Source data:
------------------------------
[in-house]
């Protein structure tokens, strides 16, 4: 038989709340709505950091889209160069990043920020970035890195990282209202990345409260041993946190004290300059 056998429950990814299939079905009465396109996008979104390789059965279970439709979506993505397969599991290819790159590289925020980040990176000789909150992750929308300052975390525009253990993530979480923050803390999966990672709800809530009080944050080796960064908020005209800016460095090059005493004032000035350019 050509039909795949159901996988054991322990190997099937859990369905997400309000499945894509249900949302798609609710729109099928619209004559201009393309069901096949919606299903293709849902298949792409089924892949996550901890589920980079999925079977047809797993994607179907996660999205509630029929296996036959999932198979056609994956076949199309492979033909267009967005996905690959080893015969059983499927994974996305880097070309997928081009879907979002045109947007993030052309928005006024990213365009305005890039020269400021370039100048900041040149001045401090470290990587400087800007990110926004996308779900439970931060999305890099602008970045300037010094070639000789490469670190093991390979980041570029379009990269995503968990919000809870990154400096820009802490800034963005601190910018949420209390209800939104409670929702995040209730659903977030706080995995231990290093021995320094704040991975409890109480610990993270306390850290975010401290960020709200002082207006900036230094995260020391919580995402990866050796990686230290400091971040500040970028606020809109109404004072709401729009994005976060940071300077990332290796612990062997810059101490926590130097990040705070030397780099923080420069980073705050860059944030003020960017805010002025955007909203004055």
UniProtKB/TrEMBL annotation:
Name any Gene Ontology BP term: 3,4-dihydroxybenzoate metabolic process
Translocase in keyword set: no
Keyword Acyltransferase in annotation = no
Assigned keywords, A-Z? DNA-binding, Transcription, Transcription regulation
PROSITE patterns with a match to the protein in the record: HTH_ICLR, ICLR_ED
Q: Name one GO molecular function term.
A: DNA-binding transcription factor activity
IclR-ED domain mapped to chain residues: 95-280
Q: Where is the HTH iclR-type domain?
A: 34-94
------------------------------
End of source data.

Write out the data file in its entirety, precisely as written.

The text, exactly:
[in-house]
């Protein structure tokens, strides 16, 4: 038989709340709505950091889209160069990043920020970035890195990282209202990345409260041993946190004290300059 056998429950990814299939079905009465396109996008979104390789059965279970439709979506993505397969599991290819790159590289925020980040990176000789909150992750929308300052975390525009253990993530979480923050803390999966990672709800809530009080944050080796960064908020005209800016460095090059005493004032000035350019 050509039909795949159901996988054991322990190997099937859990369905997400309000499945894509249900949302798609609710729109099928619209004559201009393309069901096949919606299903293709849902298949792409089924892949996550901890589920980079999925079977047809797993994607179907996660999205509630029929296996036959999932198979056609994956076949199309492979033909267009967005996905690959080893015969059983499927994974996305880097070309997928081009879907979002045109947007993030052309928005006024990213365009305005890039020269400021370039100048900041040149001045401090470290990587400087800007990110926004996308779900439970931060999305890099602008970045300037010094070639000789490469670190093991390979980041570029379009990269995503968990919000809870990154400096820009802490800034963005601190910018949420209390209800939104409670929702995040209730659903977030706080995995231990290093021995320094704040991975409890109480610990993270306390850290975010401290960020709200002082207006900036230094995260020391919580995402990866050796990686230290400091971040500040970028606020809109109404004072709401729009994005976060940071300077990332290796612990062997810059101490926590130097990040705070030397780099923080420069980073705050860059944030003020960017805010002025955007909203004055």
UniProtKB/TrEMBL annotation:
Name any Gene Ontology BP term: 3,4-dihydroxybenzoate metabolic process
Translocase in keyword set: no
Keyword Acyltransferase in annotation = no
Assigned keywords, A-Z? DNA-binding, Transcription, Transcription regulation
PROSITE patterns with a match to the protein in the record: HTH_ICLR, ICLR_ED
Q: Name one GO molecular function term.
A: DNA-binding transcription factor activity
IclR-ED domain mapped to chain residues: 95-280
Q: Where is the HTH iclR-type domain?
A: 34-94